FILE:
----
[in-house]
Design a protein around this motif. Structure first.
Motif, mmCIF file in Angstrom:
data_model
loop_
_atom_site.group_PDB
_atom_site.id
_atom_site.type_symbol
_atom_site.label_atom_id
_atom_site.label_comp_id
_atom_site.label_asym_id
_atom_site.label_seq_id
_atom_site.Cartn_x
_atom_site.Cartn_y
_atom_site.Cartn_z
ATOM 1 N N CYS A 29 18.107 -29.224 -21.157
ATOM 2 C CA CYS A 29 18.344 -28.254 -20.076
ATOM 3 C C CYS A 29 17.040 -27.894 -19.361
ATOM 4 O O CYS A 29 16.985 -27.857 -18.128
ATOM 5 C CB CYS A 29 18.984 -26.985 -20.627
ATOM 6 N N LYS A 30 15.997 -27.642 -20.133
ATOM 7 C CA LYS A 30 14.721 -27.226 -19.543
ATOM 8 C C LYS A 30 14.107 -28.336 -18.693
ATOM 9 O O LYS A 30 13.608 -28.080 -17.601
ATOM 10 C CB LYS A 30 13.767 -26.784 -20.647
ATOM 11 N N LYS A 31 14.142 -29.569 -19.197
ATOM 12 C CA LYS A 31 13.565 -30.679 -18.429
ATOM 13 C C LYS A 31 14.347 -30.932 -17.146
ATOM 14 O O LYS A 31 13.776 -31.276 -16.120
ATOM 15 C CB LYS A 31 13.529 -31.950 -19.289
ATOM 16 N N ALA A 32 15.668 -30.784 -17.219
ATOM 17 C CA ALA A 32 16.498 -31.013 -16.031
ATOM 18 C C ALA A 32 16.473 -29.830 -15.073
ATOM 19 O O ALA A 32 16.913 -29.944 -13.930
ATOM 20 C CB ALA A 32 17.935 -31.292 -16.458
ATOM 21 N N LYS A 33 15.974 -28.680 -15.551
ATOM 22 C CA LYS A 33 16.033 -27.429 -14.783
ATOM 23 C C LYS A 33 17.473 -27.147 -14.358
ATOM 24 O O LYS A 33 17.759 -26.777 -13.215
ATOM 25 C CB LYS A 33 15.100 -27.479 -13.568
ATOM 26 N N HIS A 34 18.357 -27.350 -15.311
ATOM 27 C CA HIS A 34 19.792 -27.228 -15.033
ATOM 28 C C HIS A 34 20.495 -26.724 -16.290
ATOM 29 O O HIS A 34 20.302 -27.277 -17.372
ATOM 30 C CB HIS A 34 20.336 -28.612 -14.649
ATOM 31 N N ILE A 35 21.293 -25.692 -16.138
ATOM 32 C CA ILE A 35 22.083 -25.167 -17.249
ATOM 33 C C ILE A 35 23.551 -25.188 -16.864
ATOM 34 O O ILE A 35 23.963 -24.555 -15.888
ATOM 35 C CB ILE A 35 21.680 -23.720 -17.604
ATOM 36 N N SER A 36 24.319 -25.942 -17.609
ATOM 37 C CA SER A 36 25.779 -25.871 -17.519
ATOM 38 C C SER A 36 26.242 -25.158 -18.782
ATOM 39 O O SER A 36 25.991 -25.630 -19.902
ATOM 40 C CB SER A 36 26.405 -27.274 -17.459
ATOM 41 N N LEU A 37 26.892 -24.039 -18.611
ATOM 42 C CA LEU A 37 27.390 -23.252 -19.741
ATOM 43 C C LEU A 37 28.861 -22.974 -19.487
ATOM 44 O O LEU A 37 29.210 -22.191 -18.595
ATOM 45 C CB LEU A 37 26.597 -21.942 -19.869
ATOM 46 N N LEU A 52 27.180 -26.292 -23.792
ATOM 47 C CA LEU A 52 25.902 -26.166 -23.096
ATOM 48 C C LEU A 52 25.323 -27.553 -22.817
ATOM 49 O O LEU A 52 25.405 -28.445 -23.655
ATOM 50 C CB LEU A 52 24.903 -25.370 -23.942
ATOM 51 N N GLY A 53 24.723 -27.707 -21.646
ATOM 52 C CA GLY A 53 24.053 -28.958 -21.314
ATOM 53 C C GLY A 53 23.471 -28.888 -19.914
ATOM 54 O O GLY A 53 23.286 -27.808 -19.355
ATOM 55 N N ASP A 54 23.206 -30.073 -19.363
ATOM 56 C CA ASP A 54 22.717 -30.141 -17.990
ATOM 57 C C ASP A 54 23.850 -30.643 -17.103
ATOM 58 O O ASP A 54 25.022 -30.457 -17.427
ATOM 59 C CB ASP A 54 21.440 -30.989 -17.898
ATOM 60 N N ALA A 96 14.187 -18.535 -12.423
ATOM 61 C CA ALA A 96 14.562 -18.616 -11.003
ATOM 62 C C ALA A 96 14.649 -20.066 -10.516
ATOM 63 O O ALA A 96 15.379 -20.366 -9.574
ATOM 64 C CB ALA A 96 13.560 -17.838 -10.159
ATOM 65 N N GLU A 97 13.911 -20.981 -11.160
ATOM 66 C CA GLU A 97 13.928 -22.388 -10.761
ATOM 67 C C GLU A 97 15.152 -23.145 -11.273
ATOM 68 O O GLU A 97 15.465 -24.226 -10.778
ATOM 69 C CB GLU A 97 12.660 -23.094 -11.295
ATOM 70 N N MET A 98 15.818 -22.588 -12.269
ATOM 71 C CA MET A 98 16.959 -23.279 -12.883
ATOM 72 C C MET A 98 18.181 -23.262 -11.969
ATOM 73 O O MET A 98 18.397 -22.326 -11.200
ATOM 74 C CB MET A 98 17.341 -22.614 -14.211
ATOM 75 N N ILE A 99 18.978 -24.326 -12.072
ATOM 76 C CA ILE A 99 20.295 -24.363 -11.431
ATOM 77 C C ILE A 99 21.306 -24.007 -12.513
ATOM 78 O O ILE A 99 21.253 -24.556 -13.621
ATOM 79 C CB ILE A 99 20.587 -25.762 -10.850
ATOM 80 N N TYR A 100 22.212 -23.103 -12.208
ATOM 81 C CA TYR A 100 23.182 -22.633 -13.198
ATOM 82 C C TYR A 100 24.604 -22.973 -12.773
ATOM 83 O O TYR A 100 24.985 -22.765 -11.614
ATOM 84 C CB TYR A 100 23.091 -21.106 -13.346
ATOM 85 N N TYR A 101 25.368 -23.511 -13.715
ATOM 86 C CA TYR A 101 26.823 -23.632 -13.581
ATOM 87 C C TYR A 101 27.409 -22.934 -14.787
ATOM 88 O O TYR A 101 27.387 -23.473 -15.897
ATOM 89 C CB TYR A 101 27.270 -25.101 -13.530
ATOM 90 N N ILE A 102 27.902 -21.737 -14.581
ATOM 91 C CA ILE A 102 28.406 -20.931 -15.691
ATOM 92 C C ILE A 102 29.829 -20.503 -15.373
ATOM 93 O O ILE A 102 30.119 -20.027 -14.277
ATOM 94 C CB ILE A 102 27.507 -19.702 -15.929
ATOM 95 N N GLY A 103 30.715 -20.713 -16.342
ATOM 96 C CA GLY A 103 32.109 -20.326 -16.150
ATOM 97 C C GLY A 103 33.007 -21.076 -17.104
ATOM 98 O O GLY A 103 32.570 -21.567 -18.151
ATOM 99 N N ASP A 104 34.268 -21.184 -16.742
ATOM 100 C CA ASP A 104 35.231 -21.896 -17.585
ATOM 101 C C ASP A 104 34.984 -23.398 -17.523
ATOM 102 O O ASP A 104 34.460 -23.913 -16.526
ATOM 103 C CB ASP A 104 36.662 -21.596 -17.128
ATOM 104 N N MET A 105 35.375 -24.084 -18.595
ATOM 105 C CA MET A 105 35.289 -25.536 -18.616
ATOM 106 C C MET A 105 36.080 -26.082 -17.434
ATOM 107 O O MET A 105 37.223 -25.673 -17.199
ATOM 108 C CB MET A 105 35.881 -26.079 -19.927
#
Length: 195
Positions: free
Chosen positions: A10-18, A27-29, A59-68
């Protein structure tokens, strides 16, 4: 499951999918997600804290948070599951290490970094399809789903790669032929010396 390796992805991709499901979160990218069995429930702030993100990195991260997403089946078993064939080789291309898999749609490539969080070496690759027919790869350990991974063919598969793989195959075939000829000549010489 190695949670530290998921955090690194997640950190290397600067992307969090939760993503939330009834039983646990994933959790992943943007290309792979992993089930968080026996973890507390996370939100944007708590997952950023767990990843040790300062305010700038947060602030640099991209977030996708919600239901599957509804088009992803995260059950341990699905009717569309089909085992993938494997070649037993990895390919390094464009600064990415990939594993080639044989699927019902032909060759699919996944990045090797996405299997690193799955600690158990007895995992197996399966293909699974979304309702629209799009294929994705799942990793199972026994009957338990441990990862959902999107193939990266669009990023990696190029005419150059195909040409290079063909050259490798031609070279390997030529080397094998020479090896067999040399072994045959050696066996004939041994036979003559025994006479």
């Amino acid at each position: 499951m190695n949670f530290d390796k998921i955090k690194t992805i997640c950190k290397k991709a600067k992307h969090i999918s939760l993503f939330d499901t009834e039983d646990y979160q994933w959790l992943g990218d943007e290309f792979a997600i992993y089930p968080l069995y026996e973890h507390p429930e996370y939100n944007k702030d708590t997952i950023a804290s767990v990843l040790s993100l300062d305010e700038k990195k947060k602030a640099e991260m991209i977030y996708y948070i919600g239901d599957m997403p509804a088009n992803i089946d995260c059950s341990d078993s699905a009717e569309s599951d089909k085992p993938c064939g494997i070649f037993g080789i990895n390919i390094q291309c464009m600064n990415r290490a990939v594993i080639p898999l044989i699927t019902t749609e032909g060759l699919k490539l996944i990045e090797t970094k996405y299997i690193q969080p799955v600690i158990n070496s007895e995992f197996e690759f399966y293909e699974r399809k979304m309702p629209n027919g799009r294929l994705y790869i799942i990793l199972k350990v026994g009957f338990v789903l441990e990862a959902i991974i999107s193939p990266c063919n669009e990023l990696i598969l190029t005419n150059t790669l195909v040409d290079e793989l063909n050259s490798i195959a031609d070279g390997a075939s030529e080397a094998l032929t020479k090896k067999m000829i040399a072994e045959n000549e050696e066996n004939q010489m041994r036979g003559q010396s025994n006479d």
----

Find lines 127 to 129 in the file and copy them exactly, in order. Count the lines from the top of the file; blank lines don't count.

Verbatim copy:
Chosen positions: A10-18, A27-29, A59-68
């Protein structure tokens, strides 16, 4: 499951999918997600804290948070599951290490970094399809789903790669032929010396 390796992805991709499901979160990218069995429930702030993100990195991260997403089946078993064939080789291309898999749609490539969080070496690759027919790869350990991974063919598969793989195959075939000829000549010489 190695949670530290998921955090690194997640950190290397600067992307969090939760993503939330009834039983646990994933959790992943943007290309792979992993089930968080026996973890507390996370939100944007708590997952950023767990990843040790300062305010700038947060602030640099991209977030996708919600239901599957509804088009992803995260059950341990699905009717569309089909085992993938494997070649037993990895390919390094464009600064990415990939594993080639044989699927019902032909060759699919996944990045090797996405299997690193799955600690158990007895995992197996399966293909699974979304309702629209799009294929994705799942990793199972026994009957338990441990990862959902999107193939990266669009990023990696190029005419150059195909040409290079063909050259490798031609070279390997030529080397094998020479090896067999040399072994045959050696066996004939041994036979003559025994006479």
């Amino acid at each position: 499951m190695n949670f530290d390796k998921i955090k690194t992805i997640c950190k290397k991709a600067k992307h969090i999918s939760l993503f939330d499901t009834e039983d646990y979160q994933w959790l992943g990218d943007e290309f792979a997600i992993y089930p968080l069995y026996e973890h507390p429930e996370y939100n944007k702030d708590t997952i950023a804290s767990v990843l040790s993100l300062d305010e700038k990195k947060k602030a640099e991260m991209i977030y996708y948070i919600g239901d599957m997403p509804a088009n992803i089946d995260c059950s341990d078993s699905a009717e569309s599951d089909k085992p993938c064939g494997i070649f037993g080789i990895n390919i390094q291309c464009m600064n990415r290490a990939v594993i080639p898999l044989i699927t019902t749609e032909g060759l699919k490539l996944i990045e090797t970094k996405y299997i690193q969080p799955v600690i158990n070496s007895e995992f197996e690759f399966y293909e699974r399809k979304m309702p629209n027919g799009r294929l994705y790869i799942i990793l199972k350990v026994g009957f338990v789903l441990e990862a959902i991974i999107s193939p990266c063919n669009e990023l990696i598969l190029t005419n150059t790669l195909v040409d290079e793989l063909n050259s490798i195959a031609d070279g390997a075939s030529e080397a094998l032929t020479k090896k067999m000829i040399a072994e045959n000549e050696e066996n004939q010489m041994r036979g003559q010396s025994n006479d």